Upscale Copley retirement community gets new owner

By Cheryl Powell
Beacon Journal medical writer

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The Palm Court Conservatory area at Concordia at Sumner. The center was recently purchased by a nonprofit that is hoping to pull it out of bankruptcy. (Ed Suba Jr./Akron Beacon Journal)

COPLEY TWP.: A nonprofit health-care provider from Pennsylvania is bringing a new name and financial stability to the old Sumner on Ridgewood retirement community.

After operating under court receivership for five years, the sprawling community with upscale villas and apartments and assisted-living and skilled-nursing beds recently was purchased by Concordia Lutheran Ministries for $23 million.

The acquisition of the property — now called Concordia at Sumner — marks Concordia’s first venture into Ohio. The company’s 10 other locations are in western Pennsylvania.

Concordia Lutheran Ministries President Keith E. Frndak said his company had been interested in acquiring the Sumner complex for more than four years.

“It’s just a beautiful community,” he said.

Concordia has a history of growth by acquiring financially troubled properties.

In March, Concordia bought two personal-care facilities in the Pittsburgh market out of bankruptcy for $7 million, Frndak said. Another three properties were purchased in recent years just before the facilities went to bankruptcy.

“It would be our intention to stabilize and improve the facility’s financial performance,” Frndak said of Sumner.

The former Sumner on Merriman Inc. put its landmark nursing home on Merriman Road up for sale in 2003 so it could focus on the $55 million retirement community in Copley. But by 2008, Sumner’s lender sought the court-supervised receivership, saying Sumner owed about $1.5 million in missed payments and other obligations.

Concordia’s recent acquisition of Sumner includes assumption of $13.8 million in refunds that are due to residents when they move out, Frndak said.

With the purchase of Sumner, Concordia now operates 555 independent-living units, 901 personal-care or assisted-living beds, 290 skilled-nursing beds and 16 hospice beds.

The company also provides home- and community-based services, including professional- and private-duty home care, durable medical equipment and community hospice services.

Concordia expects to post an operating margin of 7 or 8 percent on revenues of $125 million this year, Frndak said.

Karl and Ellen Hay said they’re pleased with the new ownership for Sumner.

“They bring in substantial assets, a better foundation and extra expertise,” said Karl Hay, a retired Akron attorney who worked with developers throughout his career.

The Hays moved into a two-bedroom apartment about 14 months ago after selling their home of more than 50 years in Fairlawn Heights. The active couple, both in their mid-80s, wanted to downsize to the retirement community while both are healthy.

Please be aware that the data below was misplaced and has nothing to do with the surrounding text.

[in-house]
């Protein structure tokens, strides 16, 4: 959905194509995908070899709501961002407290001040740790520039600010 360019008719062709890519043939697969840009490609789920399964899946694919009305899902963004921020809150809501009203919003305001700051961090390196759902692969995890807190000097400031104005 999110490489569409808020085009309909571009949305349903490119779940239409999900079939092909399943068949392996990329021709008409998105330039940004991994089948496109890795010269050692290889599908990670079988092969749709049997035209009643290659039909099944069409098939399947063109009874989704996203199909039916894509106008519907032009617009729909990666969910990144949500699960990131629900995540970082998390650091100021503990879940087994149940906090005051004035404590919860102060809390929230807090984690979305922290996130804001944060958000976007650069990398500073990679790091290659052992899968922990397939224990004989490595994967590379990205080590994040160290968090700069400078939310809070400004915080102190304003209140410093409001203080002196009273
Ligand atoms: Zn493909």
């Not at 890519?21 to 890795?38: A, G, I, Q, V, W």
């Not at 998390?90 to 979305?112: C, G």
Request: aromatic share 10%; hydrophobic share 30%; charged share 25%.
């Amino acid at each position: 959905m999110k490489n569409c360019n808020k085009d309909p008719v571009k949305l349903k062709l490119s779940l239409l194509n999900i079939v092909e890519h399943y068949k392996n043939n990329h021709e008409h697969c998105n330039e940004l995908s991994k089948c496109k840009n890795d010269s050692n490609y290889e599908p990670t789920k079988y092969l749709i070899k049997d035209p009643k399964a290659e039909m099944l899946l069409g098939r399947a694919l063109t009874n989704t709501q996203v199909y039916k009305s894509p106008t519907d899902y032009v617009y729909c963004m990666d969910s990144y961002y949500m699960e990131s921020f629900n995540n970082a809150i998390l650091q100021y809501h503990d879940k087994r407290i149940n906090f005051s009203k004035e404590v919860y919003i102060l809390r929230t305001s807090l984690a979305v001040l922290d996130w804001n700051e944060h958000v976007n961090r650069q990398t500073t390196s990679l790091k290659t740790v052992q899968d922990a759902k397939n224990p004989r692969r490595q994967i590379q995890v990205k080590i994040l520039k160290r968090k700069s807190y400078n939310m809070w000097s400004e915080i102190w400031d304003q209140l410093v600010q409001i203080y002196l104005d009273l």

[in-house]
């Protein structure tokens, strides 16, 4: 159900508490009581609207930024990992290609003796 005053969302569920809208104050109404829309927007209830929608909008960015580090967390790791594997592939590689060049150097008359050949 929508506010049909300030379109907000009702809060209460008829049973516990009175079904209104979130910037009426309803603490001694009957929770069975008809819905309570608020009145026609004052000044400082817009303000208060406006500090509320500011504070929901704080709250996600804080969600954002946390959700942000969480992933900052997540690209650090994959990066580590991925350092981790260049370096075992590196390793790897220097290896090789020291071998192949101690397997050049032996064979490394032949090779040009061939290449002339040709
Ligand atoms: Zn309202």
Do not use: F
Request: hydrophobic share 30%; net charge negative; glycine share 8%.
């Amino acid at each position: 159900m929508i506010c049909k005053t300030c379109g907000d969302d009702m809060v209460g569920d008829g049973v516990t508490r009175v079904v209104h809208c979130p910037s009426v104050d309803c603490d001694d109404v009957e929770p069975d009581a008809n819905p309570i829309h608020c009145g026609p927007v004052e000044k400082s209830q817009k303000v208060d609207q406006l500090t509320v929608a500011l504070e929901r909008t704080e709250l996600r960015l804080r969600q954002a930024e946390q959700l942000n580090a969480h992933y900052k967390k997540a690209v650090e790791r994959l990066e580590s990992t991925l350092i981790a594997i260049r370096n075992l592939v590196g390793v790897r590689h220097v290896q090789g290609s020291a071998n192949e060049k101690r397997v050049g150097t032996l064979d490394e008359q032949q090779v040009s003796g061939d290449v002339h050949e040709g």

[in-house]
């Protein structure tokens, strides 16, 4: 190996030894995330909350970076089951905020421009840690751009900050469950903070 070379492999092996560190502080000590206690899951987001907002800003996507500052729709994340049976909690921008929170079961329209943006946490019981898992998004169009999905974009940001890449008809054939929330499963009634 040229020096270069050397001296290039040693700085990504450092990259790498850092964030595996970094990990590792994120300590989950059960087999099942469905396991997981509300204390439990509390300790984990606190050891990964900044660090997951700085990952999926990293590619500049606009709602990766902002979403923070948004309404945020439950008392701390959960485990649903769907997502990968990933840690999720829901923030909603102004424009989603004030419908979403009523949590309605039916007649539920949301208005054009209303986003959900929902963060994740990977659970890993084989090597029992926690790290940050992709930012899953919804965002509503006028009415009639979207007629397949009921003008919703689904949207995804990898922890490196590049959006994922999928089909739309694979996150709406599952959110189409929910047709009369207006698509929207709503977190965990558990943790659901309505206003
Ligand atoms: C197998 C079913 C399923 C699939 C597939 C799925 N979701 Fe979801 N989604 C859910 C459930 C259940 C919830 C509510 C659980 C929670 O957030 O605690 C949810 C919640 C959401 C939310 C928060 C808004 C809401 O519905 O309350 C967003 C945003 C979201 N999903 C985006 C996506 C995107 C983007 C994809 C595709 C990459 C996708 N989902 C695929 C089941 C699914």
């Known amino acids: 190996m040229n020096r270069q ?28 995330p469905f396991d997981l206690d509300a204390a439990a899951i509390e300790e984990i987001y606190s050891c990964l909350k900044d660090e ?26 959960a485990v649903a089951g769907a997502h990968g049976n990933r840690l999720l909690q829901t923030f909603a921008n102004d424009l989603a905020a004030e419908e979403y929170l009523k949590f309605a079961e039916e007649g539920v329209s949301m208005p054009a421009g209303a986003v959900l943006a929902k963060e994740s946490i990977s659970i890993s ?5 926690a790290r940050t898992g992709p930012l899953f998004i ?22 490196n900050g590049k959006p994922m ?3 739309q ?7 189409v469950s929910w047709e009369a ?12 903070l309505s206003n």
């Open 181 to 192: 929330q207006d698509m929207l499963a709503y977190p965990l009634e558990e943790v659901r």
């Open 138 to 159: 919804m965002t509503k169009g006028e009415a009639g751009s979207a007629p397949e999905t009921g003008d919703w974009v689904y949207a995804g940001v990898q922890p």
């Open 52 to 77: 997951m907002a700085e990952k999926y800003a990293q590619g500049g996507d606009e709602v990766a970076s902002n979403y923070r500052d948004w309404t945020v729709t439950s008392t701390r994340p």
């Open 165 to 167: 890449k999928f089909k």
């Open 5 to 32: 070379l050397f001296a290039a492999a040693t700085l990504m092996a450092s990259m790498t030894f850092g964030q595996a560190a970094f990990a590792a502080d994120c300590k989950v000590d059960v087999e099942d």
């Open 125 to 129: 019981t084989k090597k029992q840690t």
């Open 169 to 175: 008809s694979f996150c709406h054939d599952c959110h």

“The kids were relieved because they didn’t have to worry about us,” he said.

The 64-acre property in Copley includes 22 villas, 79 one- and two-bedroom apartments, 40 assisted-living beds and 48 skilled-nursing beds.

Amenities include a fitness center, meditation room, indoor pool and whirlpool, an auditorium, a library, a computer center and an upscale dining hall, complete with linen tablecloths.

Though the villas are fully occupied and the assisted-living and nursing-home beds are running at near-capacity, about a third of the apartments are vacant, according to Concordia officials.

Concordia has added financing options for its apartments, said Charlene L. Kish, chief executive of Concordia at Sumner. She also is continuing her corporate role as vice president of skilled nursing and rehabilitation for Concordia.

“We’ve tried to give more options so we could make it more attractive to more people,” Kish said.

While some people might still opt for a larger, partially refundable entrance fee in exchange for lower monthly payments, new options are available with smaller initial fees of $25,000, she said. The option might be attractive to retirees who have larger monthly pensions but less cash on hand.

Monthly fees for the apartments range from $1,200 to $3,700, depending on services and the entrance fee option selected.

Kish said Concordia plans to make about $1.2 million worth of upgrades to Sumner over the next year, including replacing carpeting throughout the facilities, updating furnishings, boosting Internet access and installing electronic medical records.

The company brought its own rehabilitation program to Sumner rather than continuing to outsource the services, Kish said. The firm is trying to boost on-site services and attract more short-term rehabilitation patients to its skilled nursing facility.

In addition, Concordia is looking for opportunities for partnerships with area hospitals and health-care providers to enhance services, she said.

“This is a whole continuum of care here,” Kish said.

Concordia at Sumner will host an open house from 1 to 3 p.m. today with tours of the campus, entertainment and refreshments. The property is located across from Copley High School at 970 Sumner Parkway.

Cheryl Powell can be reached at 330-996-3902 or cpowell@thebeaconjournal.com. Follow Powell on Twitter at twitter.com/abjcherylpowell.


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